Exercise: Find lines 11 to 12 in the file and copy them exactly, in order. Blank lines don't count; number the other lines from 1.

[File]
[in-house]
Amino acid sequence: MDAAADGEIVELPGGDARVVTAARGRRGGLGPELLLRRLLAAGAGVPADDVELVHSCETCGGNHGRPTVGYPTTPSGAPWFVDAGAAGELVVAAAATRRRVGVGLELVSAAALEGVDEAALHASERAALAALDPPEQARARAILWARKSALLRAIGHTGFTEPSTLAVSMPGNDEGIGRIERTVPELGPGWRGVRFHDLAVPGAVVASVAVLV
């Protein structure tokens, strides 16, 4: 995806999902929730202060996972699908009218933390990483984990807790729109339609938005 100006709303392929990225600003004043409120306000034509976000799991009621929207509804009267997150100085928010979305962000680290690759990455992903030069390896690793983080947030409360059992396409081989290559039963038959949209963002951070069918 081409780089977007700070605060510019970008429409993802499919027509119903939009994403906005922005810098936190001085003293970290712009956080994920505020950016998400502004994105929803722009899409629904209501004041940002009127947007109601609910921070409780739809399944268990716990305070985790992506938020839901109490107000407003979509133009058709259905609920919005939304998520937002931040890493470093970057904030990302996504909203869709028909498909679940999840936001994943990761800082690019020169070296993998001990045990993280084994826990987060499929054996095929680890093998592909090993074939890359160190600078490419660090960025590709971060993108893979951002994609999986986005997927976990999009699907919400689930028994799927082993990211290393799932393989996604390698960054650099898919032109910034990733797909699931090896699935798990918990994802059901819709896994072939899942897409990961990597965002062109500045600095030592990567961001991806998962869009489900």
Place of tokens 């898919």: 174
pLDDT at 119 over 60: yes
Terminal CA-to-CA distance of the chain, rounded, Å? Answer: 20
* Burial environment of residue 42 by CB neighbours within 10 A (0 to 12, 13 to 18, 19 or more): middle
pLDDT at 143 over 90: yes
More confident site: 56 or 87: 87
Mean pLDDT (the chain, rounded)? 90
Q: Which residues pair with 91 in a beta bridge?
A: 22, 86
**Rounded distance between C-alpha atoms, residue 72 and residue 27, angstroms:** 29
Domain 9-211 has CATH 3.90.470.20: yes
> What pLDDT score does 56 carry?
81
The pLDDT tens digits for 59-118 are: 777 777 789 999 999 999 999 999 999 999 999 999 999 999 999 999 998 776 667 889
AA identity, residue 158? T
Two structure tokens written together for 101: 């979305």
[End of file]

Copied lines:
Q: Which residues pair with 91 in a beta bridge?
A: 22, 86